Happy Groundhog Day!
I love Groundhog Day, as cheesy as it can be. Growing up in western Pennsylvania, I actually looked forward to the anticipated moment when the world-famous groundhog Punxsutawney Phil would tentatively peek his head out into the open air. Watching the newscast, I wondered whether he would see his shadow. Spring or six more weeks of winter? (To be honest, I always hoped for the six more weeks of winter, but that was simply because of snow days).
For those unaware of this celebration, if the groundhog sees his shadow, it “frightens” him, and we supposedly have six more weeks of winter.
I think we are often like that groundhog. We become afraid of our own shadows — our sins and imperfections — and others seeing them. We retreat back into our own personal darkness of embarrassment and often depression. We create our six weeks of winter.
In our culture, expectations run high. Between school, family, church and friends, life can quickly become overwhelming. As mentioned in recent General Conferences, we simply can’t do everything that is good or worthwhile.
Sometimes, despite our best efforts, we make mistakes. We are mortal and, at times, fall short.
This reality can be particularly hard on women. On average, women experience depression at twice the rate of men. According to a 2010 report, a fifth of insured women in Utah were prescribed anti-depressants in 2009.
I want to be very clear here: I do not believe that such medications are bad. However, I do believe realizing that our imperfections do not lessen our value can curb some feelings of inadequacy.
In “Believing Christ,” Stephen E. Robinson recounted a breakdown his wife had during a particularly stressful year.
Robinson wrote, “She just started naming, one after another, all the things she couldn’t do or couldn’t do perfectly — all the individual bricks that had been laid on her back in the name of perfection until they had crushed the light out of her.”
With all the amazing things she was doing, she still felt that it wasn’t enough. Such feelings exist more often than we believe, or are at least willing to admit.
For years I struggled with many of the same issues. I’d do my best, but I simply wasn’t happy. Nothing was wrong: I had a wonderful family, a loving husband, and a relatively stable financial situation, especially for a college student. All in all, life was good. But, I still felt consumed by sadness. I felt hopeless and alone. I compounded the issue even more by feeling guilty for not being happy. I saw my shadow and condemned myself to an emotional winter.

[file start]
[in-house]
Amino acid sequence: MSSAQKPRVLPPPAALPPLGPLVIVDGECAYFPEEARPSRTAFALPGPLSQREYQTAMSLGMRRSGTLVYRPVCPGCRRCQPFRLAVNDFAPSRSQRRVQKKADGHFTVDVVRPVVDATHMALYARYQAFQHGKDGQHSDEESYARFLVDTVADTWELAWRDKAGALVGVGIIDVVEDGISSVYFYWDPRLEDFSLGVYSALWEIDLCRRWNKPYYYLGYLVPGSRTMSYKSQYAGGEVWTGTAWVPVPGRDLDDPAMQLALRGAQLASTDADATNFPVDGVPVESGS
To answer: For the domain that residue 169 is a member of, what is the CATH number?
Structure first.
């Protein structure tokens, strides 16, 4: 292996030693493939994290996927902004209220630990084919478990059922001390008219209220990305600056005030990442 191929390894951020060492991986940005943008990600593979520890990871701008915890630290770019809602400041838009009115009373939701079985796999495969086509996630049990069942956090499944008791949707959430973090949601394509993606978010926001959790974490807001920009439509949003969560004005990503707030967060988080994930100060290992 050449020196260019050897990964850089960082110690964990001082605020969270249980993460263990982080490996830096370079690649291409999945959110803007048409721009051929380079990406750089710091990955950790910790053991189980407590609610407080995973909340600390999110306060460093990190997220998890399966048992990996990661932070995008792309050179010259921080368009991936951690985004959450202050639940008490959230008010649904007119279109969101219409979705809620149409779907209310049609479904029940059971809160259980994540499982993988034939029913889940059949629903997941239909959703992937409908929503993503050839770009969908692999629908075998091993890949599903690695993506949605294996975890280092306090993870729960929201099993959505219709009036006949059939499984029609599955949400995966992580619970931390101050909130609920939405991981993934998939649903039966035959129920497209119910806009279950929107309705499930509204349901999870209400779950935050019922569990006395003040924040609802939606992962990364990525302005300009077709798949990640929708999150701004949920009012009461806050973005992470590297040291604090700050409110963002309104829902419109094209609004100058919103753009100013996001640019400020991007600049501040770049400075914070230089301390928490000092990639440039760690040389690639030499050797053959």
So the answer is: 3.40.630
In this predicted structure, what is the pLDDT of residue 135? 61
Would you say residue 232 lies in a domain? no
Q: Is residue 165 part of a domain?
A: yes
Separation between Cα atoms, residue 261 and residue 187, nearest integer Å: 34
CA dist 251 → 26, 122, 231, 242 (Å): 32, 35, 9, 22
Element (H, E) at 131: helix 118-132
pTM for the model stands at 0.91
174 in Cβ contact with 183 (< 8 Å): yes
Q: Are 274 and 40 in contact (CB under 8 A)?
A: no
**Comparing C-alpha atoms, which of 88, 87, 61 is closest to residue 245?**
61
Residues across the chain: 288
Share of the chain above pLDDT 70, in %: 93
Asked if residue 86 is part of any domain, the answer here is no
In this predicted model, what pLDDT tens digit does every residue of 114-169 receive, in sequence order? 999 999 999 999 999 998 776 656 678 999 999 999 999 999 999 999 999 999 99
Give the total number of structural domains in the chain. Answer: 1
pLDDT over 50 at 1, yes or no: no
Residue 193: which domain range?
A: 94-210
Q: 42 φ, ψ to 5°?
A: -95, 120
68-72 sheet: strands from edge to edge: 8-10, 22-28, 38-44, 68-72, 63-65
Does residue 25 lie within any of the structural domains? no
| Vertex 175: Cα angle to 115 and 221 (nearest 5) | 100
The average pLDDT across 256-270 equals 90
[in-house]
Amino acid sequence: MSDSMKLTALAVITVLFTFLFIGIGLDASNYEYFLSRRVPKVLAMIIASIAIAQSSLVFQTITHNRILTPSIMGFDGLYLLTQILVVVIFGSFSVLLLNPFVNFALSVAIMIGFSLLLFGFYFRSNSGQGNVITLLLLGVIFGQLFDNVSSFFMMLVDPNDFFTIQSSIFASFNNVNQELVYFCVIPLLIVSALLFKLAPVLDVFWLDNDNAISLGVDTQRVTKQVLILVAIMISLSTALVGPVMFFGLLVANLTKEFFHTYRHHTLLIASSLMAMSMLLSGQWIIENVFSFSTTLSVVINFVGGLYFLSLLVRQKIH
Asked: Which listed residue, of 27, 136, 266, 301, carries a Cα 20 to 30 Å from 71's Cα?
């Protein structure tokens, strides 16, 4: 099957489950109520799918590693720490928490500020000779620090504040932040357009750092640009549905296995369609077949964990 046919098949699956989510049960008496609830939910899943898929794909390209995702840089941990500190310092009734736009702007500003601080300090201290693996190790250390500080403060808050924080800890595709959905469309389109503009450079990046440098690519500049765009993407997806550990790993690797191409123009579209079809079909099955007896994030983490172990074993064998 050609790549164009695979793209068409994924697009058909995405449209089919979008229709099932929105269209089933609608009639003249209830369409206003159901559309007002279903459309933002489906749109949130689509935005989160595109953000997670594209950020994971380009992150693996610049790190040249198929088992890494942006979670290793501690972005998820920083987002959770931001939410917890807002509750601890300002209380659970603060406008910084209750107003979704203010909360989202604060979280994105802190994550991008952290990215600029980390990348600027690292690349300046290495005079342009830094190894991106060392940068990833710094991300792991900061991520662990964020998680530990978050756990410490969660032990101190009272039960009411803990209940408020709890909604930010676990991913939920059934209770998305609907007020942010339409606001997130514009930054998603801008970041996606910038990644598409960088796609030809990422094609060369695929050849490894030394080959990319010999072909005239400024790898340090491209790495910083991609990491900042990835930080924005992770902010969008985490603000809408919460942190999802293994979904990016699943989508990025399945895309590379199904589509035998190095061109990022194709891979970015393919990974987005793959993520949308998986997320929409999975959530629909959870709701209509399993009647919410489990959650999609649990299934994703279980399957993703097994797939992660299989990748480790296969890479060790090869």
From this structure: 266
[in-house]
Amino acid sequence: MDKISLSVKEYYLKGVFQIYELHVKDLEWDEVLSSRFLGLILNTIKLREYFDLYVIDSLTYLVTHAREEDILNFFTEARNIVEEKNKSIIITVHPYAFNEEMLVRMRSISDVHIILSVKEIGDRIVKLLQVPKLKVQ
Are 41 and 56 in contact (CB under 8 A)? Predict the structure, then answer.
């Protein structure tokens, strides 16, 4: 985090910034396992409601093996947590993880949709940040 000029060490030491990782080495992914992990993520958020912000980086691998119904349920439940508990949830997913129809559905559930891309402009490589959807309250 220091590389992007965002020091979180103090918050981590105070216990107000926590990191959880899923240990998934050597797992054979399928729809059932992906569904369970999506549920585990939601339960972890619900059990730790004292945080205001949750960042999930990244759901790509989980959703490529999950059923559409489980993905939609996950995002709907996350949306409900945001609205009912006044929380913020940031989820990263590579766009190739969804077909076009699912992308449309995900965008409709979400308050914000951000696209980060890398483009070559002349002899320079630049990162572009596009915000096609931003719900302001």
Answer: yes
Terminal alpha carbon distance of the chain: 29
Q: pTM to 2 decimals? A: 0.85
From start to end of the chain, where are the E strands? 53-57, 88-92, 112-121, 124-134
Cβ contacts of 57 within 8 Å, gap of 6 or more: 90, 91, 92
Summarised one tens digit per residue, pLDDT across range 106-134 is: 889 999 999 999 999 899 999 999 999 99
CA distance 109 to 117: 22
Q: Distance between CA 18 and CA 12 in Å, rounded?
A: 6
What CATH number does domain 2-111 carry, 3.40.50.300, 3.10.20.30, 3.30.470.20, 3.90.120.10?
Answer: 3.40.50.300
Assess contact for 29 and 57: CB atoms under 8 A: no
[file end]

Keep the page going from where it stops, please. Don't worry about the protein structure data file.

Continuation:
As I worked through my feelings, I learned a simple truth: I cannot perfect myself. I will make mistakes. I must accept that to have any hope of moving forward and preventing such faults from keeping me rooted in depression and self-doubt.
I found comfort in the teaching of becoming like a little child. Children, being young, can only do so much by themselves. They constantly make mistakes and need correction. Yet, there is the major difference between children and adults: When children apologize, we forgive them, and they believe us unquestionably. When we repent and ask for forgiveness, we often doubt whether such forgiveness can even be offered — whether our Creator could even care for us after such mistakes.
In my opinion, this is one of the worst lies to plague us.
During the last Relief Society Broadcast, President Dieter F. Uchtdorf encouraged women, and all members, to remember their worth, saying, “You are known and remembered by the most majestic, powerful, and glorious Being in the universe! You are loved by the King of infinite space and everlasting time! He who created and knows the stars knows you and your name —you are the daughters of His kingdom.”
This Groundhog Day, emerge from the dark. Accept that “good news.” Face your shadows instead of returning to darkness. Look up and feel the sunlight. See the good and embrace it, imperfections and all.
Katie Harmer is the opinion editor at The Daily Universe. This viewpoint represents her opinion and does not neccesarily represent the opinions of BYU, its administration or The Church of Jesus Christ of Latter-day Saints.